Speak­ing up doesn’t make a woman ‘hys­ter­i­cal’

Toronto Star - - NEWS - Shree Parad­kar

“I have an idea. How about we — “That hap­pened be­cause — “My startup de­serves ven­ture — “My favourite video g — An­noy­ing, isn’t it, read­ing in­com­plete sen­tences? Yet, that’s the sound of many women wad­ing up­stream in the work­ing world try­ing to speak be­fore be­ing cut off by the friendly dude, or the manly man’s grunt, or that ra­tio­nal guy who feels the need to calm us down. Woman, In­ter­rupted. That would be an apt name for a film chron­i­cling the so­cial dis­ease that af­flicts the world.

Women are speak­ing up, but many find their voices still be­ing framed as “hys­ter­i­cal” — as a for­mer aide to U.S. Pres­i­dent Don­ald Trump re­cently de­scribed Sen. Ka­mala Har­ris’s grilling of U.S. At­tor­ney Gen­eral Jeff Ses­sions, or “shrill” as Trump said of his ri­val Hil­lary Clin­ton on the cam­paign trail, or less than adult for hav­ing a “melt­down” as Cana­dian MP Gerry Ritz said af­ter In­ter­na­tional Trade Min­is­ter Chrys­tia Free­land — gasp — shed tears af­ter a con­tentious Canada-EU trade deal.

Ear­lier this month, a panel of five men and one woman held court at the World Sci­ence Fes­ti­val in New York City. Re­mem­ber, this is sci­ence, the world of geek and nerd, the self-pro­claimed nat­u­ral habi­tat of the bro, a world in which even a PayPal panel on gen­der di­ver­sity is all male.

The mod­er­a­tor, Jim Holt of the New Yorker, re­ceived a po­lite but pub­lic rap on his knuck­les for try­ing to ex­plain sci­en­tist Veronika Hubeny’s own the­o­ries to her and be­cause Hubeny hadn’t been called on to speak for the first hour of the 90-minute talk that was be­ing livestreamed around the world. At one point, he men­tions her “gig­gling.”

A woman named Mar­ilee Talk­ing­ton sit­ting in the sec­ond row in the John Jay Col­lege au­di­to­rium, wait­ing to hear Hubeny, de­scribes her ex­pe­ri­ence — and the ac­tion she took — in an il­lu­mi­nat­ing Face­book post that quickly went vi­ral.

“I am in full out­rage. My body is ac­tu­ally be­gin­ning to shake. The sex­ism is be­yond bla­tant. It is hap­pen­ing on stage and NO ONE, not a sin­gle other physi­cist or pan­elist is step­ping in to say any­thing about it.”

So she did some­thing about it. She spoke up, loudly and clearly. “Let. Her. Speak. Please!” Then this, from her post: “The mod­er­a­tor stops. They all stop. The au­di­to­rium drops into si­lence. You could hear a pin drop. And then the au­di­ence ex­plodes with ap­plause and screams.”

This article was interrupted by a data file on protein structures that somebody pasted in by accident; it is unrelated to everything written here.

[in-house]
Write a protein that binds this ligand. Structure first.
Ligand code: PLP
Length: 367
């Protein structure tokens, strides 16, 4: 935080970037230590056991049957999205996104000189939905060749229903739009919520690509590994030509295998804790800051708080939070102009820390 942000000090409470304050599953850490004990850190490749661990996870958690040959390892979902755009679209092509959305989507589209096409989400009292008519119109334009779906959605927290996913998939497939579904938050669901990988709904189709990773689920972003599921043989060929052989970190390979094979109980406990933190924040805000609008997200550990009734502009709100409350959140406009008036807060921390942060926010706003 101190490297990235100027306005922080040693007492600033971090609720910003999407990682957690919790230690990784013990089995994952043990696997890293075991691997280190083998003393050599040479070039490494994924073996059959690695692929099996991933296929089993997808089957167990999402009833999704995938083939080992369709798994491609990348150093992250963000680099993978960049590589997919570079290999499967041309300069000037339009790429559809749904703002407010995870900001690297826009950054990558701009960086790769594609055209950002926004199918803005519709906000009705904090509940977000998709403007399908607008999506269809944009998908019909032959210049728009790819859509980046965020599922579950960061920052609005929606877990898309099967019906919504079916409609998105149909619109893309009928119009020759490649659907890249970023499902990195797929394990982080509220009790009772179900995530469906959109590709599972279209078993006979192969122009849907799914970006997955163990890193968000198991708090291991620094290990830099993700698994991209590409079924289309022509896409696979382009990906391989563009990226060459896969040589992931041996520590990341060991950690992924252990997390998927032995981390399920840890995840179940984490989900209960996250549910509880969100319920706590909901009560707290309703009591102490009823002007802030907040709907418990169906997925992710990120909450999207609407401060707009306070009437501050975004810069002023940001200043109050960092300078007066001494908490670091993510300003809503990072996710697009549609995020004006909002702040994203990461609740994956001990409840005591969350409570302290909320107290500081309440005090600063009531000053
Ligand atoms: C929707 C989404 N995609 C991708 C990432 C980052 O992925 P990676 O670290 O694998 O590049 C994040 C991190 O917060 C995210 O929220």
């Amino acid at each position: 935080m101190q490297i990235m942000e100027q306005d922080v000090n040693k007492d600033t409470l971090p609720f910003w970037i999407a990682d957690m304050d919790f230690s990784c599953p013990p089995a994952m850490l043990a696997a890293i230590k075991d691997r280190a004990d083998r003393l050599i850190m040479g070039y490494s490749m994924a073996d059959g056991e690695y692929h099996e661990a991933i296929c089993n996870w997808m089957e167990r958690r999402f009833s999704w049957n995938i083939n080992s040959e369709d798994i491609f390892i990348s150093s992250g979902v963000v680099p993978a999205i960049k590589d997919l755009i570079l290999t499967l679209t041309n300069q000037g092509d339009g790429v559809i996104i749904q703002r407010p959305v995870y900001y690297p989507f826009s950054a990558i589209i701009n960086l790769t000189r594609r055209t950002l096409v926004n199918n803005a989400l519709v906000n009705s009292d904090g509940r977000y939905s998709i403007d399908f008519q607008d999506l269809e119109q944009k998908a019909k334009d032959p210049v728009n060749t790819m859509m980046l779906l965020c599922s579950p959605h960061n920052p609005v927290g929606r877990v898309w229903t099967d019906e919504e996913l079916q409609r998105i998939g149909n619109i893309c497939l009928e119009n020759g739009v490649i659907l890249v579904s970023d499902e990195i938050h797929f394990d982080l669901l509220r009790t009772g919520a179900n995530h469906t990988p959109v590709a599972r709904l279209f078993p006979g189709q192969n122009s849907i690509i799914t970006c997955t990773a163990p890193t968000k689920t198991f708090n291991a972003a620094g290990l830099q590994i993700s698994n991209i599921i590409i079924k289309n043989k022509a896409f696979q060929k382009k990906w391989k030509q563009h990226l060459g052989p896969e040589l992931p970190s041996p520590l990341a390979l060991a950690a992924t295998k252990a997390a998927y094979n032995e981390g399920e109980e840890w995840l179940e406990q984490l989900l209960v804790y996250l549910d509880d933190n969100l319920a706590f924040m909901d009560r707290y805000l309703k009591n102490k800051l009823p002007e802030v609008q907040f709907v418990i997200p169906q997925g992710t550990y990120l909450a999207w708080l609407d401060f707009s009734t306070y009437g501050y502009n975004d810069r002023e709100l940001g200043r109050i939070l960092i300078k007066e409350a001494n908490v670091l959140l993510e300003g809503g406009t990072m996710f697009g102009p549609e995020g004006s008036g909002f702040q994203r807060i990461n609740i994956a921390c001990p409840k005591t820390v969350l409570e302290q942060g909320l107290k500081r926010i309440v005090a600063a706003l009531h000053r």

Two days af­ter this event, Ap­ple held its World­wide De­vel­op­ers Con­fer­ence, where men spoke for ap­prox­i­mately 117 min­utes in the key­note, women spoke for ap­prox­i­mately nine min­utes, as cal­cu­lated by the news site Mic.

It’s one thing to be equal in the eyes of the law. It’s another to be treated as equal by so­ci­ety. Women know this. Peo­ple of colour know this. As the Cana­dian Se­nate passed Bill C-16 on Thurs­day that ex­plic­itly rec­og­nizes gen­der-di­verse cit­i­zens as equal un­der the law, women on this con­ti­nent are still fight­ing for equal­ity of ex­pres­sion.

U.S. Sen. Har­ris was shown her place this week when as­sertively ques­tion­ing Ses­sions dur­ing his pub­lic tes­ti­mony.

If you lis­ten to the clip­pings of the ad­mo­ni­tions by Sens. John McCain and Richard Burr they might even sound rea­son­able — they are in­ter­rupt­ing Har­ris’s in­ter­rup­tion of Ses­sions. Let the man an­swer, they say. If you watched the en­tirety of Ses­sions’ tes­ti­mony, you would know that:

a) She was stop­ping Ses­sions from tak­ing refuge in a non-an­swer he had al­ready pro­vided mul­ti­ple times and time was at a pre­mium, and

b) He had been in­ter­rupted mul­ti­ple times in that same hear­ing by oth­ers, in­clud­ing Sens. Mark Warner, James Risch and An­gus King to name a few. None of them was ad­mon­ished.

These ex­am­ples are in­ci­dents work­ing women face in the pub­lic do­main. Away from a cam­era lens, how many times have we ar­gued and de­fended an idea with a man only to hear him present it at a meet­ing? How of­ten do men walk into our con­ver­sa­tions with other women with­out an apol­ogy?

The act of hav­ing to re­spond to male dom­i­nance to make it a fair work­place takes away from the work women are em­ployed to do. Some don’t chal­lenge it, oth­ers deny its ex­is­tence; you don’t have to deal with some­thing you don’t see.

Oth­ers come up with cre­ative ways around it. Think of the am­pli­fi­ca­tion strat­egy adopted by fe­male staffers in the Obama White House, when a woman would put forth an idea and another woman would re­peat it with credit to the orig­i­na­tor, all in a bid to be heard. (It worked.)

Work­place in­ter­rup­tions are not al­ways ma­li­cious, but then nei­ther is say­ing “I’m not done yet” — each time.

To pre-empt the gen­der sham­ing that will follow, I sug­gest we co-opt our favourite Sen.-Mitch-McCon­nell-put­down of Sen­a­tor El­iz­a­beth War­ren and make this our screen­saver:

“Nev­er­the­less, she per­sisted, that of­fice bitch.” Shree Parad­kar tack­les is­sues of gen­der and race. You can follow her @shree­parad­kar

U.S. Sen. Ka­mala Har­ris was in­ter­rupted by male col­leagues dur­ing her ques­tion­ing of Jeff Ses­sions.

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